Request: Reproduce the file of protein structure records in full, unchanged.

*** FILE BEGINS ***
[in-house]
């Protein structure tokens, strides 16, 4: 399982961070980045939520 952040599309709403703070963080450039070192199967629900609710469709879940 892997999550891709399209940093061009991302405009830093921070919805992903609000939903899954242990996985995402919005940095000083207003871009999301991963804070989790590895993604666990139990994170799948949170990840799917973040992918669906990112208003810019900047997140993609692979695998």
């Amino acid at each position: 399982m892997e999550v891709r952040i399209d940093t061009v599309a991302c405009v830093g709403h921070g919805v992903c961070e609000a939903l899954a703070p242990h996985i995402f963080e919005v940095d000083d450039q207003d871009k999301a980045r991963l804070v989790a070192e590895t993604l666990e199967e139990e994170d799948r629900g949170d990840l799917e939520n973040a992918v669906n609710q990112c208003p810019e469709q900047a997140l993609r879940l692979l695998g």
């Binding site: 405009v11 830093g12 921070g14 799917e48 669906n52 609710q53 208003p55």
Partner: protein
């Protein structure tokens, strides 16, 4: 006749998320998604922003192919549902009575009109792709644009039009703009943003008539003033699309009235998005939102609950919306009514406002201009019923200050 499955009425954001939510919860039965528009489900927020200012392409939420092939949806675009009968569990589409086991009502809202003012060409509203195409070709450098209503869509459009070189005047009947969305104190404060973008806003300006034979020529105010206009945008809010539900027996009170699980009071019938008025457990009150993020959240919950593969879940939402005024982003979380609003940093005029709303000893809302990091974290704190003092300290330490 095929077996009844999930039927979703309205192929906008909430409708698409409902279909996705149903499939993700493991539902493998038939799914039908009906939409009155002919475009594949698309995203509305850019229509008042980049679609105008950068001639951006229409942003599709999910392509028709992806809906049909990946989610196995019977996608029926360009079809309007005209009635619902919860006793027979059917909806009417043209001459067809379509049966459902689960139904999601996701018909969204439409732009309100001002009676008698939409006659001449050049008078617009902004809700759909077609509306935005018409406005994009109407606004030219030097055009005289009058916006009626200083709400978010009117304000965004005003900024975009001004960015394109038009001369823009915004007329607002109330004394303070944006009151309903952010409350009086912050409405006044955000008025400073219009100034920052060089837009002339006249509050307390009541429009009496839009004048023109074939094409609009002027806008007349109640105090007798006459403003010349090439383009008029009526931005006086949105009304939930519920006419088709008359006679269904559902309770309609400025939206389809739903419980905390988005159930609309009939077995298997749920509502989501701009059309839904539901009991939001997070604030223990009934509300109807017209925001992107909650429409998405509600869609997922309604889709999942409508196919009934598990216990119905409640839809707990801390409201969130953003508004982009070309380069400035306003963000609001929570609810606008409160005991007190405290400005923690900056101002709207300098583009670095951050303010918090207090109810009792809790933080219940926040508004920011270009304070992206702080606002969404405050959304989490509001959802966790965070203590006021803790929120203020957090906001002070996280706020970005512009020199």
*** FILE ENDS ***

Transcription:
[in-house]
């Protein structure tokens, strides 16, 4: 399982961070980045939520 952040599309709403703070963080450039070192199967629900609710469709879940 892997999550891709399209940093061009991302405009830093921070919805992903609000939903899954242990996985995402919005940095000083207003871009999301991963804070989790590895993604666990139990994170799948949170990840799917973040992918669906990112208003810019900047997140993609692979695998």
């Amino acid at each position: 399982m892997e999550v891709r952040i399209d940093t061009v599309a991302c405009v830093g709403h921070g919805v992903c961070e609000a939903l899954a703070p242990h996985i995402f963080e919005v940095d000083d450039q207003d871009k999301a980045r991963l804070v989790a070192e590895t993604l666990e199967e139990e994170d799948r629900g949170d990840l799917e939520n973040a992918v669906n609710q990112c208003p810019e469709q900047a997140l993609r879940l692979l695998g």
């Binding site: 405009v11 830093g12 921070g14 799917e48 669906n52 609710q53 208003p55």
Partner: protein
């Protein structure tokens, strides 16, 4: 006749998320998604922003192919549902009575009109792709644009039009703009943003008539003033699309009235998005939102609950919306009514406002201009019923200050 499955009425954001939510919860039965528009489900927020200012392409939420092939949806675009009968569990589409086991009502809202003012060409509203195409070709450098209503869509459009070189005047009947969305104190404060973008806003300006034979020529105010206009945008809010539900027996009170699980009071019938008025457990009150993020959240919950593969879940939402005024982003979380609003940093005029709303000893809302990091974290704190003092300290330490 095929077996009844999930039927979703309205192929906008909430409708698409409902279909996705149903499939993700493991539902493998038939799914039908009906939409009155002919475009594949698309995203509305850019229509008042980049679609105008950068001639951006229409942003599709999910392509028709992806809906049909990946989610196995019977996608029926360009079809309007005209009635619902919860006793027979059917909806009417043209001459067809379509049966459902689960139904999601996701018909969204439409732009309100001002009676008698939409006659001449050049008078617009902004809700759909077609509306935005018409406005994009109407606004030219030097055009005289009058916006009626200083709400978010009117304000965004005003900024975009001004960015394109038009001369823009915004007329607002109330004394303070944006009151309903952010409350009086912050409405006044955000008025400073219009100034920052060089837009002339006249509050307390009541429009009496839009004048023109074939094409609009002027806008007349109640105090007798006459403003010349090439383009008029009526931005006086949105009304939930519920006419088709008359006679269904559902309770309609400025939206389809739903419980905390988005159930609309009939077995298997749920509502989501701009059309839904539901009991939001997070604030223990009934509300109807017209925001992107909650429409998405509600869609997922309604889709999942409508196919009934598990216990119905409640839809707990801390409201969130953003508004982009070309380069400035306003963000609001929570609810606008409160005991007190405290400005923690900056101002709207300098583009670095951050303010918090207090109810009792809790933080219940926040508004920011270009304070992206702080606002969404405050959304989490509001959802966790965070203590006021803790929120203020957090906001002070996280706020970005512009020199």